The interviewer on NBC encouraged parents to watch their kids’ online activity, insist that they be allowed to access their kids’ social networking pages, and to “google” their kids’ names, although this will not work with common names. The major media sites have been claiming that it’s possible to get search engines to notify a parent by email when a child’s name gets indexed online. That sounds misleading. I think what they mean is that Google Index Notification, or similar products from other engines, can be set up to notify the parent when a child's profile on a social networking site (or a child's site or blog) gets indexed, but the parent will need to work with the social networking company to get the details. This isn't a problem when a child sets up a site with the parent or school for a constructive purpose (science or other class research project), but it is a problem when the parent doesn't know what sites the child has or uses.
An important site that deals with cyber bullying is Isafe, with this pdf paper "Beware the Cyber Bully".
An interesting related story is from the FTC about a settlement against Xanaga for violating COPPA (Children’s Online Privacy Protection Act) online children’s privacy protection rule (from 2006)
Update: Dec. 3
I am told that the applicable federal law may be the The Telecommunications Policy Act of 1996. This was previously called "the Communications Decency Act" (CDA) and portions of it having to do with Internet censorship were struck down in 1997 by the Supreme Court, but other portions (including Section 230 which EFF often talks about as protecting webhosts from the effects of postings made by others) are in effect. The best link that I could find is this (on Newshare).
The link for the comment (q.v.) blog is this. It bears reading as there is quite a bit of detail. I also think it is possible that 2242 could apply.
Update: Dec. 3, 2007
Anderson Cooper went into this issue on his CNN 360 Program tonight in his "Digging Deeper" series. He interviewed Jeffrey Toobin, who discussed federal anti-stalking laws but indicated that it seemed unlikely that they are specific enough to apply here. (Some other laws mentioned in the debate might have a chance.) The possibility of a civil suit for intentional infliction of emotional distress, a tort but a vague one that can be abused, was mentioned.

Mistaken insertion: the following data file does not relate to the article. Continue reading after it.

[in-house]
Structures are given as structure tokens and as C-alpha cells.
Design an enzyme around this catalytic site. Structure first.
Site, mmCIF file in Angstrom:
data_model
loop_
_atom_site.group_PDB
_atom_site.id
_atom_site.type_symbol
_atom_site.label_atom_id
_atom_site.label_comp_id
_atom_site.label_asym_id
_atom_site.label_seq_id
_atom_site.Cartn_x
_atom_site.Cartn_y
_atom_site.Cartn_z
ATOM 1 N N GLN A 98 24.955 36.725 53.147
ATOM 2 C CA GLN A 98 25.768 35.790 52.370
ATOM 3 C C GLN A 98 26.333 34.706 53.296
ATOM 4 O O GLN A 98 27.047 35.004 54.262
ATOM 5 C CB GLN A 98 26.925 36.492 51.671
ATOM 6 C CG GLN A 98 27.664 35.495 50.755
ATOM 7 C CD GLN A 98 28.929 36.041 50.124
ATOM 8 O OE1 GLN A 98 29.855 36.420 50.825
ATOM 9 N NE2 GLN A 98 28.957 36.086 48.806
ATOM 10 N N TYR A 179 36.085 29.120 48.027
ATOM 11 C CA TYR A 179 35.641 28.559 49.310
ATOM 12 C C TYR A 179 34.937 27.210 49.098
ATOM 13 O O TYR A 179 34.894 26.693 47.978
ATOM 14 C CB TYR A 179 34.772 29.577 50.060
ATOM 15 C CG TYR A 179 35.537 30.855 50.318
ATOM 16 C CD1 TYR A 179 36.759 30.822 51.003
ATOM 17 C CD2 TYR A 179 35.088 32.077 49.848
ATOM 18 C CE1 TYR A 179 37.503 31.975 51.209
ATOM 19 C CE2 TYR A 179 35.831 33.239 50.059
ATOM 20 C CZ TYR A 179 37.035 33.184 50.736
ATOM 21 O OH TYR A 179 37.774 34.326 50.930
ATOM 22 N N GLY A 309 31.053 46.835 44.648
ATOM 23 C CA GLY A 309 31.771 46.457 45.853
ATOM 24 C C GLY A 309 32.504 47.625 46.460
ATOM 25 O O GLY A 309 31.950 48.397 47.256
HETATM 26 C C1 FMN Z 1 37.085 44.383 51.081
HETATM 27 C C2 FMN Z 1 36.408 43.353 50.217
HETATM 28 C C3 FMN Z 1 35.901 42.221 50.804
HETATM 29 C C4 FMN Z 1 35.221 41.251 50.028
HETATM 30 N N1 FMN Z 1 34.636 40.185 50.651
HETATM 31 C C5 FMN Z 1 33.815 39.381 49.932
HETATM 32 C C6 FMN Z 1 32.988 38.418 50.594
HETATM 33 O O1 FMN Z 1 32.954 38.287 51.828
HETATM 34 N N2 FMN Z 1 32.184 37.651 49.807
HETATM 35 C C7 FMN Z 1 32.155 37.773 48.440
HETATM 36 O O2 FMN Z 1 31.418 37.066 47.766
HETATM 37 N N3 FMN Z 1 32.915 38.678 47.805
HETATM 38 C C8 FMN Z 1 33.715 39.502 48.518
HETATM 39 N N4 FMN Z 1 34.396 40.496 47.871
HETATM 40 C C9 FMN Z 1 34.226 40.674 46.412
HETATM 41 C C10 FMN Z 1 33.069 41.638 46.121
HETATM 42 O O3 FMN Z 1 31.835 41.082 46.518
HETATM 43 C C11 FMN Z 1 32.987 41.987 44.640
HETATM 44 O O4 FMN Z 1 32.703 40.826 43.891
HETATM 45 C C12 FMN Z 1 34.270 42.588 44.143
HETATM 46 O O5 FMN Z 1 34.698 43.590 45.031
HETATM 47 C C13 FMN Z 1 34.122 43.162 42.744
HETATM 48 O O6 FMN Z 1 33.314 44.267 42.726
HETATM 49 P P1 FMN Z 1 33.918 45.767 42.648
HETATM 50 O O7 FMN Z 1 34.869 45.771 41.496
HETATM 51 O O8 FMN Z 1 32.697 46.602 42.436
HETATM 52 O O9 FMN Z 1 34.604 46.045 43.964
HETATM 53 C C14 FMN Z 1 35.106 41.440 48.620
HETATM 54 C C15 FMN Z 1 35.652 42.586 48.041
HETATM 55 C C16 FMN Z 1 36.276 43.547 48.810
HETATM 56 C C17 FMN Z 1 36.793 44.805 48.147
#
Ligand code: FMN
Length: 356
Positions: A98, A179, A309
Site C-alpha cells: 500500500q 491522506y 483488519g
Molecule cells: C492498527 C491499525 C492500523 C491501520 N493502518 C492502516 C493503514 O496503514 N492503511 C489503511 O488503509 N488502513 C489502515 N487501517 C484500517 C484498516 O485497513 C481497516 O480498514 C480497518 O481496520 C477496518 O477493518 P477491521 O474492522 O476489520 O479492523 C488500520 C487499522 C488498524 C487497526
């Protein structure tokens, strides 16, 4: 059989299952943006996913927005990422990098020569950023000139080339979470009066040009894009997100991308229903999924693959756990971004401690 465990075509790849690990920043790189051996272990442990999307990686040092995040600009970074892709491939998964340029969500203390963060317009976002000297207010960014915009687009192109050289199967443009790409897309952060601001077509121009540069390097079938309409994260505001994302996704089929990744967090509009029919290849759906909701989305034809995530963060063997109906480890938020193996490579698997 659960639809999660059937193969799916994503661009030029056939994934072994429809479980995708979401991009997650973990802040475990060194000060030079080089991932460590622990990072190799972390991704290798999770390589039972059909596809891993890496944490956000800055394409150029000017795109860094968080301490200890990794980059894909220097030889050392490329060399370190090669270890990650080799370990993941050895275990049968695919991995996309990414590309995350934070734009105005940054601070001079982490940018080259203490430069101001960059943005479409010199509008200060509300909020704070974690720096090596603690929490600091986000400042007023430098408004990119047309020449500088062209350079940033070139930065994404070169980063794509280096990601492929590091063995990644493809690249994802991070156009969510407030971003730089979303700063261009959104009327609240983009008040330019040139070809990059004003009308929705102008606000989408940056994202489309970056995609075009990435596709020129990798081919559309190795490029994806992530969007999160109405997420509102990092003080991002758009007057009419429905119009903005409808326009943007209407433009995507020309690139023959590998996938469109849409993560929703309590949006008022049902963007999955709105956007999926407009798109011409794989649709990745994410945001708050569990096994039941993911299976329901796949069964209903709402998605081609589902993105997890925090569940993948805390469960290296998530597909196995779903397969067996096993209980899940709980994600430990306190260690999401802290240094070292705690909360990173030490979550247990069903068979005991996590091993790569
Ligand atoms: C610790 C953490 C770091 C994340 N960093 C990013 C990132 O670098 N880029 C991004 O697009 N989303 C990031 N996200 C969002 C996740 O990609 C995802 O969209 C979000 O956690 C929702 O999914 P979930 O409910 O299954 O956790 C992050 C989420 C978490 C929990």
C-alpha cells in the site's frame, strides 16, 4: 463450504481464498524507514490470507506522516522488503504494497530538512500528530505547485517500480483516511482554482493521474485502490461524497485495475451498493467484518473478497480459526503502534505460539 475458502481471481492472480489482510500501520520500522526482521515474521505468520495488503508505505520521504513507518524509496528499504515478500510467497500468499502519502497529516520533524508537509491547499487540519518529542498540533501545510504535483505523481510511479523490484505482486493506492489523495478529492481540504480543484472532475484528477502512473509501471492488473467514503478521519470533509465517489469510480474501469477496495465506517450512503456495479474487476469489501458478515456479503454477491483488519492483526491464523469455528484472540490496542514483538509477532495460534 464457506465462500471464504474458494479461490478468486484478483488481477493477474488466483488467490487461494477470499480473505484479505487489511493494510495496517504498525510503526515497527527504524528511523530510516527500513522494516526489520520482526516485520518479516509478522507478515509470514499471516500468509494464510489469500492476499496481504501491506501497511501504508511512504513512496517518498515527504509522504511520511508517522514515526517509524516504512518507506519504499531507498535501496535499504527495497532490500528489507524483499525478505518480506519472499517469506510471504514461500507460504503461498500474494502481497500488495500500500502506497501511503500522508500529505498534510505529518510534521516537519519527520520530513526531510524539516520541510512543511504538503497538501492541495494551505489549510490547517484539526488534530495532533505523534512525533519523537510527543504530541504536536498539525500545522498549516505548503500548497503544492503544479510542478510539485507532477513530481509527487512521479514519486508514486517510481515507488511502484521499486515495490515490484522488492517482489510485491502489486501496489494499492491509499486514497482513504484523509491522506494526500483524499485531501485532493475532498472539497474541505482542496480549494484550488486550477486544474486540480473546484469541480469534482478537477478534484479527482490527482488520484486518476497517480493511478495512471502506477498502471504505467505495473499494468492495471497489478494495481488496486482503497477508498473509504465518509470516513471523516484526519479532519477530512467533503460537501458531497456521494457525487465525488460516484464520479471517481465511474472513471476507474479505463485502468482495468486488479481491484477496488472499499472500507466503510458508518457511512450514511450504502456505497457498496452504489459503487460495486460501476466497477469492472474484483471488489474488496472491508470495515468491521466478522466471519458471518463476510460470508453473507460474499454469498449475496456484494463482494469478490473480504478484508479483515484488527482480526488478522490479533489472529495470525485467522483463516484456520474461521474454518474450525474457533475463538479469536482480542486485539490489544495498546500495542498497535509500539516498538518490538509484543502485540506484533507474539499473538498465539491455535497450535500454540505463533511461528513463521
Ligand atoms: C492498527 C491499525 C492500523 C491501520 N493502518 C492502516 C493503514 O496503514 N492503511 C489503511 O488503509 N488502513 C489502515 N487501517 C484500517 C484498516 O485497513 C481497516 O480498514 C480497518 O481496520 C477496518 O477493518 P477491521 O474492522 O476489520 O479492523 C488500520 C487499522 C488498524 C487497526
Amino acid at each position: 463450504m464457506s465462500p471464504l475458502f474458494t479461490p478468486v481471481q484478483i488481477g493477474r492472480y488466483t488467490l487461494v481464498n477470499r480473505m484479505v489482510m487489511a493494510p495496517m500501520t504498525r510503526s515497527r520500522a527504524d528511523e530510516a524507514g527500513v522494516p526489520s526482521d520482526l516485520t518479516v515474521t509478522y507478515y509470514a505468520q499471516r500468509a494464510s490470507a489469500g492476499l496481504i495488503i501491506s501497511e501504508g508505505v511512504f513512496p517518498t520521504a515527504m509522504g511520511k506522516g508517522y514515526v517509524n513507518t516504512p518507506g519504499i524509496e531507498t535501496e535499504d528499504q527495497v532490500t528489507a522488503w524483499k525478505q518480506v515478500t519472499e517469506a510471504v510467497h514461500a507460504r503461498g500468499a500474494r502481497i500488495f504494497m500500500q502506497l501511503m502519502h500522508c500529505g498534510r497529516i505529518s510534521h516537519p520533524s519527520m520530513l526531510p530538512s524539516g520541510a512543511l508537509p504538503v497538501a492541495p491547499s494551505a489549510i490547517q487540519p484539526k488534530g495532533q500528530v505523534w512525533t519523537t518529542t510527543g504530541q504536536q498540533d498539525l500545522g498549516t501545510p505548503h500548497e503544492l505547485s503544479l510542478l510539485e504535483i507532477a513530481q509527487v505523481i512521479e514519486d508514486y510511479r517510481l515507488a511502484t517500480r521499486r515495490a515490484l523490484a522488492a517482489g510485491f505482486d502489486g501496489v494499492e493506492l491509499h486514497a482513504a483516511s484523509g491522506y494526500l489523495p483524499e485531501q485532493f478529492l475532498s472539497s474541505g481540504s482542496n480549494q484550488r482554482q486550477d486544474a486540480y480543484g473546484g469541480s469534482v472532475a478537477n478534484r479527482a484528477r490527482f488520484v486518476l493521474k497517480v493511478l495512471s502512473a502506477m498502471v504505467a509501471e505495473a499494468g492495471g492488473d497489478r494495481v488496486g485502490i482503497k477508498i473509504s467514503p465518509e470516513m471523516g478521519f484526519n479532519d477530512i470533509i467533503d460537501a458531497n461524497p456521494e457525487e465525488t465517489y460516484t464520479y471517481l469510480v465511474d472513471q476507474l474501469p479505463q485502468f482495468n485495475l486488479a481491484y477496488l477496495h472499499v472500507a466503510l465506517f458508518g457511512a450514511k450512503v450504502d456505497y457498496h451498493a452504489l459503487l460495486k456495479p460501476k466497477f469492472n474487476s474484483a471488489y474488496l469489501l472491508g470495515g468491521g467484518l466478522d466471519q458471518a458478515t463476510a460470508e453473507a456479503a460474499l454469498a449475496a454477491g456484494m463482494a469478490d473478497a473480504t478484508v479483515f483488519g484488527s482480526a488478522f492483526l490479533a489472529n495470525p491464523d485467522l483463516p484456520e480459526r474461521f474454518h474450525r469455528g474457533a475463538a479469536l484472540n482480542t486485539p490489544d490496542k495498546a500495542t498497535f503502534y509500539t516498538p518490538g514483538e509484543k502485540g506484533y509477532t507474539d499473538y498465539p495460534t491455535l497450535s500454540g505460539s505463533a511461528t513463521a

Apparently, the mother hired an 18 year old to help her develop the phony profile. Another family member have been involved, but if so was apparently motivated or encouraged by the mother. The mother, however, denies that she actually knew about the last taunts sent to the girl. It's not clear who sent the various messages at different times.
The AP (also carried on AOL) has a 12/3/2007 detailed story by Betsy Taylor (explaining the lack of prosecution by local and state authorities) here.
Update: Dec 4, 2007
CNN has a video this morning on cyber-vigilantism spurred by this incident, here.
The Washington Times, in an editorial Nov. 24, called the woman a "knave" in its Saturday "Nobles and Knaves" piece.
Update: Jan 8, 2008
The Dr. Phil show covered the Megan case today (unfortunately it got pre-empted in Washington DC by Coach Joe Gibbs 's resignation from the Washington Redskins). The link for the show is here. The Dr. Phil website publishes a Drew Family Statement. There are some other cases on the show. Colorado Councilwoman Sandy Tucker was asked to resign after posting a joke online with some racy language. An XBox video gamer complains about getting racist taunts while playing games online. The Dr. Phil show took a poll. 67% of replies supported free speech online, but 93% supported laws against cyber-bullying.
Furthermore, NBC Today reports that a federal grand jury in Los Angeles is investigating the possibility of prosecution for essentially wire fraud charges, "defrauding Myspace." But if this was done, what about the millions of other "fake" profiles on social networking sites. Many people set up pseudonyms to protect privacy and many people blog or even publish in print under pseudonyms. The ACLU has defended anonymous free speech vigorously. Is Myspace the "victim"? The MSNBC / Ap story is here. The story from the Los Angeles Times is "Report: Grand jury probes girl's Internet suicide: L.A. Times says MySpace.com issued a subpoena over case in Missouri."
I continued this discussion today on a new entry for Jan. 11, 2007 (look at that date in the blog).